“It’s not something that you can pick up in a few classes, particularly if you’re more interested in real-world self defense than in historical recreation,” he says.

“Chances are your opponent isn’t going to be walking through the streets of a major world city twirling a parasol.”

But the classes do teach practical information about body awareness, how to target an opponent’s weak points and escape tactics that could come in handy in any situation.

Some instructors, like Professor Mark Donnelly have also posted YouTube videos that show how they have adapted parts of their training by incorporating umbrellas and baseball bats as an alternative to canes.

After several days of practicing my moves with the kitchen mop, I sign up for the four-week intro course. One day the skills taught to ladies and gentlemen of an earlier era could help me in a modern day battle for honor and glory.

At the very least, the elbow lock move called “A Good Way of Conducting a Person out of a Room” should come in handy with annoying party guests.


CATHERINE TOWNSEND is a journalist and private investigator based in Los Angeles. She is the author of Sleeping Around and writes regularly at The Love Detective.

Leave a comment

Filed under Humor and Observations

The Peculiar Case of Bilbo and Khan

I have been watching season one of Sherlock, a modern version of Sherlock Holmes.  I must admit to a bit of a Sherlock Holmes addiction.  I have read the complete works, watched the horrible old films, watched the great Jeremy Brett series twice, watched the cool new movies, watch Elementary regularly, have seen Young Sherlock Holmes, read the 7 percent solution and watched the movie – now Sherlock!  I still love the Jeremy Brett series best, even better than the original books.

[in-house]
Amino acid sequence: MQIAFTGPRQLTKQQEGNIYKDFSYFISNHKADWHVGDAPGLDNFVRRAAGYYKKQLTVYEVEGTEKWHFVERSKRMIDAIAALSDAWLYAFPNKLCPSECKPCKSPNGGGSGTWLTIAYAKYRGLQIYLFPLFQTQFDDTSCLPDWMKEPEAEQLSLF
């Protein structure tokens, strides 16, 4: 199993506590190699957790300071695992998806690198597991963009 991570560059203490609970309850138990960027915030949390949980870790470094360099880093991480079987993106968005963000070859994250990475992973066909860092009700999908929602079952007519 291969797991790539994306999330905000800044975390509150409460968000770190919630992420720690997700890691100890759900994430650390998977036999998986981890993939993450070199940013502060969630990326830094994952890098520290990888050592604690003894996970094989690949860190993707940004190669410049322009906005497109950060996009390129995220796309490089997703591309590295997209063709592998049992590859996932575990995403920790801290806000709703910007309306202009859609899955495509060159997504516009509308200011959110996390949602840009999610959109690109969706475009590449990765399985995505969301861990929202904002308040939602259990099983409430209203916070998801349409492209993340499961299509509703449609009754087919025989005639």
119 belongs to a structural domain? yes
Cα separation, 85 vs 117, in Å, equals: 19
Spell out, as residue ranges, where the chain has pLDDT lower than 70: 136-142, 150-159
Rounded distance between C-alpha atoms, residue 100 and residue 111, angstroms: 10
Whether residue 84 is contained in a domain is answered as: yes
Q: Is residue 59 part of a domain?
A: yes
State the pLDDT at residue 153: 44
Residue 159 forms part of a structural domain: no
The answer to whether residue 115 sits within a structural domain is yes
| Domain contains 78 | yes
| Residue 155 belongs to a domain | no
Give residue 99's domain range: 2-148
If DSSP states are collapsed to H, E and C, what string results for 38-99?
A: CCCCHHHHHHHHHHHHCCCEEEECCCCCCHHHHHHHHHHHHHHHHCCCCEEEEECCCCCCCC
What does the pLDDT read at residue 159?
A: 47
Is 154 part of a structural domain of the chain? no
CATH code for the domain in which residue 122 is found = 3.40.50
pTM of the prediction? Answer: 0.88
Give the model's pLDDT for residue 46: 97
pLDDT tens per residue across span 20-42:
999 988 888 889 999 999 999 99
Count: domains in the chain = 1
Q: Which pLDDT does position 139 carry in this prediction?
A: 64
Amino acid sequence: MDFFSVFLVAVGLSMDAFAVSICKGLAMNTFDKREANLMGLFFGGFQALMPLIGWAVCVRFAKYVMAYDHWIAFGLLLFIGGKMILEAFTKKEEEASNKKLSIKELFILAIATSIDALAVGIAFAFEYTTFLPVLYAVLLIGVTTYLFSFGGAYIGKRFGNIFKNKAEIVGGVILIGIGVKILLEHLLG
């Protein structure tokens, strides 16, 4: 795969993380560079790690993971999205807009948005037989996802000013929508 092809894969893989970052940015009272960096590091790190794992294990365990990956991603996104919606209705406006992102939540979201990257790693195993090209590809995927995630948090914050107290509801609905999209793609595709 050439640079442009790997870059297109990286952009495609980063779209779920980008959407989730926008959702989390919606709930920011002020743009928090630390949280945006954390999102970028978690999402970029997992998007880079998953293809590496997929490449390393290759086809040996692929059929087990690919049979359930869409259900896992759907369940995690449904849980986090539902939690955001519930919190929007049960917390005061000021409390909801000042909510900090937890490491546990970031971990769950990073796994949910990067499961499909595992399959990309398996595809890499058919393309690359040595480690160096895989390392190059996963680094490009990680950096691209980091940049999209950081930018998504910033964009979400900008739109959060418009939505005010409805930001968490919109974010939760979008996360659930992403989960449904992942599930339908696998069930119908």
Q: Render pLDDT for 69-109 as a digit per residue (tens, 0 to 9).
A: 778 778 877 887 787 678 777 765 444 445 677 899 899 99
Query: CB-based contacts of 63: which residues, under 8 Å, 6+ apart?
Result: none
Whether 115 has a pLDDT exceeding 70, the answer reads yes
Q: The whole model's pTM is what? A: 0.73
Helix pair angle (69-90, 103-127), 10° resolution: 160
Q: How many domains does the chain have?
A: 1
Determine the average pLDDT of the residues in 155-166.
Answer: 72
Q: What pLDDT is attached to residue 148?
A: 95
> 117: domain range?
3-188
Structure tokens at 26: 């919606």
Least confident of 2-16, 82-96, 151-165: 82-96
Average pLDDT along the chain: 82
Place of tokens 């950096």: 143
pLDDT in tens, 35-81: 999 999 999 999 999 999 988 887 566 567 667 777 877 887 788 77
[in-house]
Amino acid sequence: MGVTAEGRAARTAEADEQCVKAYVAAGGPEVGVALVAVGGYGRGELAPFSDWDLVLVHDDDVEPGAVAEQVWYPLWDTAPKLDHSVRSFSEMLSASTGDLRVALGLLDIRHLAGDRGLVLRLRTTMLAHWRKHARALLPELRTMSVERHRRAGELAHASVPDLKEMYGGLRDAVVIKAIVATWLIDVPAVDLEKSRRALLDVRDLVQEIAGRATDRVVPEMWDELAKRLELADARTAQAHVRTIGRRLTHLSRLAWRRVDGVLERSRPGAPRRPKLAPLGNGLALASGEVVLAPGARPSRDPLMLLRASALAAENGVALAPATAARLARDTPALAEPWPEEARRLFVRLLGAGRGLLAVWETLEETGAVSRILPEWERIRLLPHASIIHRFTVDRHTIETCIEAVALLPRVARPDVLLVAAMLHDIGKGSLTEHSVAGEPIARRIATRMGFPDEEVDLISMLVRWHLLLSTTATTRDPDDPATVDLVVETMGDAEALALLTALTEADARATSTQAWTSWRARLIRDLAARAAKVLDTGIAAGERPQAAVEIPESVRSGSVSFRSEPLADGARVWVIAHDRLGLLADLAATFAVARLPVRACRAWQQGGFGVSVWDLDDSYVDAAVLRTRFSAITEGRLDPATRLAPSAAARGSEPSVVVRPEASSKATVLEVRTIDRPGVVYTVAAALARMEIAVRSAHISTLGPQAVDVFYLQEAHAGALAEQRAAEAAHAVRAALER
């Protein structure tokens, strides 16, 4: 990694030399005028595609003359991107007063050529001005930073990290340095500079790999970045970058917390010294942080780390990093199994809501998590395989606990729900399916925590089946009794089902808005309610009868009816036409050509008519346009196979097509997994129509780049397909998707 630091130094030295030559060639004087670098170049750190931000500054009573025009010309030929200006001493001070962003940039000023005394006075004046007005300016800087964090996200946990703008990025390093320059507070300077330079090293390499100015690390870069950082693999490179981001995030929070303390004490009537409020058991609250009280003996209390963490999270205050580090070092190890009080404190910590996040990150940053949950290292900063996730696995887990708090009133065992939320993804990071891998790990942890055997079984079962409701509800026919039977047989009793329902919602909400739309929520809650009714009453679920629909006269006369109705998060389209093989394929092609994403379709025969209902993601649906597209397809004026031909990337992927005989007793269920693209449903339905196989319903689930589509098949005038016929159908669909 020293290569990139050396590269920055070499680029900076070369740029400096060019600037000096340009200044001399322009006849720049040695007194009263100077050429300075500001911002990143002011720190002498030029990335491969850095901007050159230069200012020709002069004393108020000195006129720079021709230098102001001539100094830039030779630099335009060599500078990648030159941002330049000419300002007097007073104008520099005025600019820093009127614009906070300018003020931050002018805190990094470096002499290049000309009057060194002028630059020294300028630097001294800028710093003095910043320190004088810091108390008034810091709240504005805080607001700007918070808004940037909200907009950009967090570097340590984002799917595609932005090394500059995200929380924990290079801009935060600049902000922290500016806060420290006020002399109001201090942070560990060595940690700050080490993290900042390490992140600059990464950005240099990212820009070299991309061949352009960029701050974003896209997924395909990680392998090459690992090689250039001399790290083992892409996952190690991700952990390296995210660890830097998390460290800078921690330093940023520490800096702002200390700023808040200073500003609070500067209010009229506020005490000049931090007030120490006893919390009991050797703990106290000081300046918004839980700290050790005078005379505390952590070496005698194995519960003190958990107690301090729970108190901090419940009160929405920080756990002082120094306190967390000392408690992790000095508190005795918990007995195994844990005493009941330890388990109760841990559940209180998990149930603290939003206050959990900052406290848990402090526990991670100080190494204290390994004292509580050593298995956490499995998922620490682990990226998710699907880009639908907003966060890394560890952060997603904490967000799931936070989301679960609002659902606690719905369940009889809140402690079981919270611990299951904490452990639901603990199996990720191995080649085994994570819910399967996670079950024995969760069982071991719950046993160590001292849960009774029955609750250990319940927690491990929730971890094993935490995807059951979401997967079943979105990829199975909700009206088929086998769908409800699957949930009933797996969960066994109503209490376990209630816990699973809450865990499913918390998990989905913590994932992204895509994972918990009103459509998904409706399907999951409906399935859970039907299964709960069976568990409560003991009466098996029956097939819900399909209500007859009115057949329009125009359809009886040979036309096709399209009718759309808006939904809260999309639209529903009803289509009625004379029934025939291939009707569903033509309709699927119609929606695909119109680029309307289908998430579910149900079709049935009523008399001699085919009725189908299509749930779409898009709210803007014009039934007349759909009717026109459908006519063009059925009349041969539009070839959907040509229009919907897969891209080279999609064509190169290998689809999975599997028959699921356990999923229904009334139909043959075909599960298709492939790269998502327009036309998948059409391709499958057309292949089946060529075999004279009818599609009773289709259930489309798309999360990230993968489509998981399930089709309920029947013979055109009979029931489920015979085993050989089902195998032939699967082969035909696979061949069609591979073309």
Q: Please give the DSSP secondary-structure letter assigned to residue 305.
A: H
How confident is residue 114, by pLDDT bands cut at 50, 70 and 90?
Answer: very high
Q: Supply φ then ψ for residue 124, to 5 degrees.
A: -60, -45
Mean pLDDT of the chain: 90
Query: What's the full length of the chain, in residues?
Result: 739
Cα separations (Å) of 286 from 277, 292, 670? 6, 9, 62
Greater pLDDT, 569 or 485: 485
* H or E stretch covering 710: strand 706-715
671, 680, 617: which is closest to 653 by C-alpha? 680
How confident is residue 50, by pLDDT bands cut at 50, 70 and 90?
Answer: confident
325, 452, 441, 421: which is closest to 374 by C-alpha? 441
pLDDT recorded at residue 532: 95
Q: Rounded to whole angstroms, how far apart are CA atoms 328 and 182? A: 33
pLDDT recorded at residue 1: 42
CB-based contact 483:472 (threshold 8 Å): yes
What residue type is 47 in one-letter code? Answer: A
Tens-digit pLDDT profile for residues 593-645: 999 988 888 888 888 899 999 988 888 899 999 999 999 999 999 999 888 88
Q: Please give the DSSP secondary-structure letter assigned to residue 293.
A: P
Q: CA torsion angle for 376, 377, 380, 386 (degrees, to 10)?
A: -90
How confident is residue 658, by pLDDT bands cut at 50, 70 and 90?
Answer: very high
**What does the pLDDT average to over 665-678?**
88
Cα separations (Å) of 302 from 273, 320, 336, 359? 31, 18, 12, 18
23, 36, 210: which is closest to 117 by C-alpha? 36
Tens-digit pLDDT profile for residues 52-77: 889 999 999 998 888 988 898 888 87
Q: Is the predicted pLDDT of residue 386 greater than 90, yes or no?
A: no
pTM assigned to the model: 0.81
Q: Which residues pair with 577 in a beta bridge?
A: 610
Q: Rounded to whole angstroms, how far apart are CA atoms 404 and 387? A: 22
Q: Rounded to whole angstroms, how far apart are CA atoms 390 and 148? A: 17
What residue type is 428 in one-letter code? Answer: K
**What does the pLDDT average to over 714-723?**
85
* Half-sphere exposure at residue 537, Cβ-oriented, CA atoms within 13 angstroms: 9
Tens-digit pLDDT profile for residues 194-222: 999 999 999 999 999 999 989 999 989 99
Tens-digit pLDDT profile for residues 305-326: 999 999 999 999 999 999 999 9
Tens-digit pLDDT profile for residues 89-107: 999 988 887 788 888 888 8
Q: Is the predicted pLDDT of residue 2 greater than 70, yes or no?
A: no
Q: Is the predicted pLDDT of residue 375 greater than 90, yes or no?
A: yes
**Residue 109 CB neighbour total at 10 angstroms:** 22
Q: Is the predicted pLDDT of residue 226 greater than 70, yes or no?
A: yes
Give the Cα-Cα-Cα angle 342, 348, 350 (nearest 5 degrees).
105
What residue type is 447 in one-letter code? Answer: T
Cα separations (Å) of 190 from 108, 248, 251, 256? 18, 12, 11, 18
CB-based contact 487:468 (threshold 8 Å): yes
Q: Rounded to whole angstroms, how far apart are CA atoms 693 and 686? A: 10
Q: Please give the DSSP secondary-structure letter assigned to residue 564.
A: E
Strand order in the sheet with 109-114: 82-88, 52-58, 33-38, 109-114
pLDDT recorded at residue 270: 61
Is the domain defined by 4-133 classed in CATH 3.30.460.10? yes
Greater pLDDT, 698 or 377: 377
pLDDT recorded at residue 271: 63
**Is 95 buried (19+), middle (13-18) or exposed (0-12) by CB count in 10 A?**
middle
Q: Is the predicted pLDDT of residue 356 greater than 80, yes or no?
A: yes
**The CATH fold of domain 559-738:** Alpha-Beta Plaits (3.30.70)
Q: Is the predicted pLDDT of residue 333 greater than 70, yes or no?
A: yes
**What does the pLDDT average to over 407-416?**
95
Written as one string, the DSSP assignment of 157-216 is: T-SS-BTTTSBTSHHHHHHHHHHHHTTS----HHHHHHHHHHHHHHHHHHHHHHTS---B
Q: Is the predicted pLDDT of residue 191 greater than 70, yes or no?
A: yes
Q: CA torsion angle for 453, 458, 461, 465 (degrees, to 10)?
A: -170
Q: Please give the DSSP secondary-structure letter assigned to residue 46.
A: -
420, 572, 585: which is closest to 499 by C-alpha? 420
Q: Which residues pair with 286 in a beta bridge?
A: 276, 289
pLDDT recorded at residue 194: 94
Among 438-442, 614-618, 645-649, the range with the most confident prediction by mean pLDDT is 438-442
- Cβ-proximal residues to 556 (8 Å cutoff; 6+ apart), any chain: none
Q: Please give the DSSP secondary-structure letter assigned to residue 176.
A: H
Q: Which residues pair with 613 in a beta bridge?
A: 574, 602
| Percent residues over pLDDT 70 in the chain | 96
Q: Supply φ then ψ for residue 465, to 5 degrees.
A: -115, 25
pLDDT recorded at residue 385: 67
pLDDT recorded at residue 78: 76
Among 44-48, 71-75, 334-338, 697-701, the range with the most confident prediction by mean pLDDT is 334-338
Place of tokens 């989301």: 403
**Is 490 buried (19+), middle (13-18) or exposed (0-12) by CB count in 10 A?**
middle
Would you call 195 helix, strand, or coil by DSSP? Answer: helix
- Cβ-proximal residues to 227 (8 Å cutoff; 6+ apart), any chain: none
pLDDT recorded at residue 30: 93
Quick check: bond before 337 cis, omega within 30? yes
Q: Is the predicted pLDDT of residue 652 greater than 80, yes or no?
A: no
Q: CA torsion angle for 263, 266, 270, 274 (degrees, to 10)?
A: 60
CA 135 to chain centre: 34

However, I had the strangest moment in watching Sherlock.  First, the lead, Benedict Cumberpatch, who plays Sherlock is now the one who plays Khan in Star Trek: Into Darkness.  He does a pretty awesome job acting in both.  The strangest part is that Dr. Watson is played by Martin Freeman, who also plays Bilbo Baggins in the new Hobbit movie series.  Again, he does an awesome job in both.  Now I loved Star Trek: Into Darkness without any reservations, but The Hobbit: The Unexpected Journey was an overlong indulgence in making one third of a book into the length of two movies.  It should have been called The Hobbit: No scenes were deleted or cut even though they should have been.

One can debate whether Cumberpatch or Freeman got the better parts to play.  Khan is a cooler character but Bilbo gets at least a three movie deal.  The funniest part was watching Sherlock, and I kid you not, Freeman has to fight a Golem.  Now a golem is a mythical enforcer type, originally created in Jewish stories about a rabbi that makes a giant clay creature come to life to avenge his people.  In the TV show Sherlock, the Golem is a very scary hitman, played I believe, by the same person that played the creepy chained up monster in 300 that cuts Leonidas helmet.  But Golem and Gollum are pronounced the same.

watson fights golem

Dr. Watson fights Golem – Sherlock

Imagine my wonder and delight at seeing Bilbo (as Watson) yelling at Golem, “Hey Golem, stop or I’ll shoot you!” Then duking it out.  I really want to know if at the time of this first season in 2010, they all knew that Freeman would be playing Bilbo and put this whole thing is as an hilarious insider gag.  Does anyone know?  I would love to find out for sure.  Kudos in any event, it was very funny.

bilbo and gollum

Bilbo Baggins and Gollum


Filed under Humor and Observations

House MD vs. Sherlock Holmes